02/04/2014 12:33PM

Dick Jerardi: McCarthy manages to win Laurel race despite no strirrups


Want to see something wild on the track or even on a nearby road? Come to Maryland. Remember the loose horse on Route 1 near Laurel Park or the amazing journey of Spicer Cub last April at Pimlico? Last Thursday at Laurel, Chi Chi’s Pride and Trevor McCarthy completed the bizarre trifecta.

McCarthy’s feet came out of the stirrups immediately out of the gate when his mount bumped with Carnbrea’sdestiny. He never got his feet back in the irons. And somehow, Chi Chi’s Pride came rolling down the stretch to catch Carnbrea’sdestiny at the wire and win by a nose.

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“It was the wildest experience I have ever had in a race,” McCarthy said. “We came out of the gate and he leaned to the right and I went with him. When I leaned back left I lost my left stirrup and then lost the right while trying to recover. I did try to get them back in at the half-mile pole, but it didn’t happen. I gave him a tap on the shoulder at the top of the stretch and he came running. It was fortunate we were able to get the win.”

It was, in fact, a racing miracle. That just is not supposed to happen.

By the way, McCarthy, 19, won two more races that day after winning four the day before. He leads the Laurel winter meet with 20 winners from 92 mounts. He has 173 wins in his still very young career and is getting mounts at Aqueduct on his days off from Laurel.

War and Thunder thrives in short sprints

War and Thunder won the fourth race of a 21-race career last March at Laurel Park. Since that win, the horse is two necks from an eight-race winning streak.

Trained by Hugh McMahon, who won 166 races in 2013, War and Thunder did not race from that March start until losing a photo at Timonium. The then 5-year-old proceeded to win five straight, three at Charles Town and two at Laurel, before losing by a neck at Penn National last Friday night.

War and Thunder wins with his early speed and got hot when McMahon started running the horse at distances ranging from four furlongs to 5 1/2 furlongs. Prior to the streak, War and Thunder had only raced twice at distances less than six furlongs.

Now, running at what are obviously optimal distances, War and Thunder has been running consistent speed figures. His last six starts, he earned Beyers of 81, 80, 81, 84, a career-best 94, and 86.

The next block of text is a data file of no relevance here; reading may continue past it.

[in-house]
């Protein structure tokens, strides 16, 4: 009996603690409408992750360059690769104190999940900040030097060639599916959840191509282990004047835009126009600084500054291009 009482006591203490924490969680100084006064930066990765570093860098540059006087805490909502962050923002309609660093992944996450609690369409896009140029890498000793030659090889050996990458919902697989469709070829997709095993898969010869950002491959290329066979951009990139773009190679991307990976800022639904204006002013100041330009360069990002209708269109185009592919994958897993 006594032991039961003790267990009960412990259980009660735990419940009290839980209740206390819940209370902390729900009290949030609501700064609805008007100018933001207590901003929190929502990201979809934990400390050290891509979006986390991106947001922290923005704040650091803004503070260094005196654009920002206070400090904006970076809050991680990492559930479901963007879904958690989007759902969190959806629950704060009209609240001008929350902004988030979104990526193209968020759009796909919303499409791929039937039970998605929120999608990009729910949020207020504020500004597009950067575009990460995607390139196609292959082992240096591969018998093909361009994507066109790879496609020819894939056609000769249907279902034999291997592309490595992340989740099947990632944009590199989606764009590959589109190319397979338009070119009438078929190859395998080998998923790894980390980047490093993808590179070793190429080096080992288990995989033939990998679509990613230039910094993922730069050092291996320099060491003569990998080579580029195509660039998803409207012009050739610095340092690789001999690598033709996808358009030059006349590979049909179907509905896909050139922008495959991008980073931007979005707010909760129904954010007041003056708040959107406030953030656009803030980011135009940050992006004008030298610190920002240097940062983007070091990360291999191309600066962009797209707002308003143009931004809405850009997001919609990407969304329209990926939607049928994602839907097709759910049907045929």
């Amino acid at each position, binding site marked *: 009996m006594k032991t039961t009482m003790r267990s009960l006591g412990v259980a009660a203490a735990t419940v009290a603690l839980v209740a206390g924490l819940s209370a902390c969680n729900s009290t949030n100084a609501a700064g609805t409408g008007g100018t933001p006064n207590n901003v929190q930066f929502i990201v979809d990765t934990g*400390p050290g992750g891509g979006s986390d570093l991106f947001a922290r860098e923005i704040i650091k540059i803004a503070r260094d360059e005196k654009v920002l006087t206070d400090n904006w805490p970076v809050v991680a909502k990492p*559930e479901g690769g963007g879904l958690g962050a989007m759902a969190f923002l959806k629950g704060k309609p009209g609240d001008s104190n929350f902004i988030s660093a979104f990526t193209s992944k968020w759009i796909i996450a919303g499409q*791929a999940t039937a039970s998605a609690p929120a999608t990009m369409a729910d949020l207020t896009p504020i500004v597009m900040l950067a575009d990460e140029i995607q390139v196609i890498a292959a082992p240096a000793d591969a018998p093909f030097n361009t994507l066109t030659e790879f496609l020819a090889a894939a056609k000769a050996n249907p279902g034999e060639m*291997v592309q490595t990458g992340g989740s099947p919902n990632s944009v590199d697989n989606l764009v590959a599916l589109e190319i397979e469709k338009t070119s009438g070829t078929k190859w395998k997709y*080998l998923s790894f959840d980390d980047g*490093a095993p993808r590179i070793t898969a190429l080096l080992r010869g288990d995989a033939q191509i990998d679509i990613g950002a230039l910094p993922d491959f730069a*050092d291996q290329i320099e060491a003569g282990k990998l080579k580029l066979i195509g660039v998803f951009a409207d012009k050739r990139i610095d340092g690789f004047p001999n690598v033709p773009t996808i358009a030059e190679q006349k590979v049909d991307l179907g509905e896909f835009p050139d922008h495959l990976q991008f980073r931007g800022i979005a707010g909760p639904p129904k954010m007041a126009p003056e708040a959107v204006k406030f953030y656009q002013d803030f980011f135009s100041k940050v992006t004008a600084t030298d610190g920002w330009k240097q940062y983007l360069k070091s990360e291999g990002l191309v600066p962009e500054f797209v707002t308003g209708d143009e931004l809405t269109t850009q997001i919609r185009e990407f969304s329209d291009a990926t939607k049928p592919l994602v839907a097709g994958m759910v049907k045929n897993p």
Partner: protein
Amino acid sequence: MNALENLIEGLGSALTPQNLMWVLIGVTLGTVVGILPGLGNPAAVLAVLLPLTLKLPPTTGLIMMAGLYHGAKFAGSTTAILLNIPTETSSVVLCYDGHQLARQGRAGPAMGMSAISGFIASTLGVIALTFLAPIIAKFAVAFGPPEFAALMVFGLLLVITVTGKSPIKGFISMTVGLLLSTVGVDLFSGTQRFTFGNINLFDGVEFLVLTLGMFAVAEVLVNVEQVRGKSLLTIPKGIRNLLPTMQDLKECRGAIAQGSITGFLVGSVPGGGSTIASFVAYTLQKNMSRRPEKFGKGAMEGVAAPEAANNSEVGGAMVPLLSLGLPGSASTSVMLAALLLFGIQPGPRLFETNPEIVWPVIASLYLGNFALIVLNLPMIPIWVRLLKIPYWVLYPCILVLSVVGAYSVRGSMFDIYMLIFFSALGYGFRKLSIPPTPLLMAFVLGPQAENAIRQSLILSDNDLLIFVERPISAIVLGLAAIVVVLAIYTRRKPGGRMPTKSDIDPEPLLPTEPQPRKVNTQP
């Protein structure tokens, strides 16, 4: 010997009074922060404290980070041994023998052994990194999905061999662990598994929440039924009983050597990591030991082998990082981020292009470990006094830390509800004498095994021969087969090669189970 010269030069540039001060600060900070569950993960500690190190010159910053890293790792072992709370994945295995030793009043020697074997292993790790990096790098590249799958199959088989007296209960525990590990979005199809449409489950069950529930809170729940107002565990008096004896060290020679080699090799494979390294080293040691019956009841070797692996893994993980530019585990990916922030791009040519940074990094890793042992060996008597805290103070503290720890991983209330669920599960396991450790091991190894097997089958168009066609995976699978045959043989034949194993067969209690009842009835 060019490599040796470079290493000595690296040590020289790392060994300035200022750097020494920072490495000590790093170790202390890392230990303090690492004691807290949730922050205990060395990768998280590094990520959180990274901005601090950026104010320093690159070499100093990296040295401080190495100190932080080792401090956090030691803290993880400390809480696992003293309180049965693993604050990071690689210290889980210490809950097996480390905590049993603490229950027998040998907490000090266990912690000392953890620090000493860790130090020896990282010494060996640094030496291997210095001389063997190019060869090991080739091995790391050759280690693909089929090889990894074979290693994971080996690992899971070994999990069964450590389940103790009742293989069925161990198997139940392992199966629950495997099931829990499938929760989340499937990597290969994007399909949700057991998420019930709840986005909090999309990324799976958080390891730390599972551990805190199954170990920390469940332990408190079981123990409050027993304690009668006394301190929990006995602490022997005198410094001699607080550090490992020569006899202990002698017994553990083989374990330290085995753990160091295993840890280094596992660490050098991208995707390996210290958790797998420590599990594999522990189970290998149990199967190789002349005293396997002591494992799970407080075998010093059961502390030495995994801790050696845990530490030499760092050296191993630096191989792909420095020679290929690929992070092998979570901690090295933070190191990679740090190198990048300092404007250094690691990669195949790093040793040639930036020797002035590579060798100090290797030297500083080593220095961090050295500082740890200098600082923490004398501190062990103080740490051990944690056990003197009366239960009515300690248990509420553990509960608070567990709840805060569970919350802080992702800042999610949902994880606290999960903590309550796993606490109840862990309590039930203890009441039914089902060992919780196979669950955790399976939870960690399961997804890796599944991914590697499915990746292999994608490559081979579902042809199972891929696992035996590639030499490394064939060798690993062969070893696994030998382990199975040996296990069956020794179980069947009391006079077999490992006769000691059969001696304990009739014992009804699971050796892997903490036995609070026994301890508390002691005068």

The shorter distances have clearly been the difference for a horse with early speed to burn. Interestingly, McMahon was the fourth different trainer for the horse, who was once claimed for $10,000 and then later for $4,750. He has won more than $80,000 for McMahon, who keeps proving he is one of the Mid-Atlantic’s best. He is a high-percentage trainer with a perfect horse for his stable, one that has the speed to control races and the ability to stay there long enough to end up in the winner’s circle.

Apprentice atop Parx standings

With Kendrick Carmouche in south Florida for the winter, the top spot at Parx Racing is there for the taking. Apprentice Jorge Vargas Jr. is well on top after the first month of the meet with 15 winners in his first 53 mounts. He also has 7 seconds and 9 thirds.

$1 million handle month at Penn

Penn National was only able to run 11 of its 18 scheduled live racing cards in January because of the extreme cold, ice, snow, and general nastiness. When Penn National ran, the players bet $1 million or more on each of the cards, the first time in the 43-year history of the track that every day in a month exceeded $1 million in handle. Average daily handle for January was $1,170,503

“Our horsemen, jockeys, employees, and fans braved some very difficult elements this past month,” race secretary David Bailey said. “It is always satisfying to have some positive news come out of those trying situations.”

Kreiser hot at Penn National

Trainer Tim Kreiser is hot even for a man who has been hot for years. He started off 2014 at Penn National with 8 wins, 5 seconds, and 4 thirds from his first 26 starters, a cool 65 percent in-the-money rate.

Speaking of hot, trainer Bernie Houghton, who runs a much smaller stable than Kreiser, is 7 for 9 in the money for a cool 78 percent rate. And it was at the Houghton family farm west of Philadelphia where 2013 Kentucky Oaks and Alabama winner Princess of Sylmar was born and got her first racing lessons.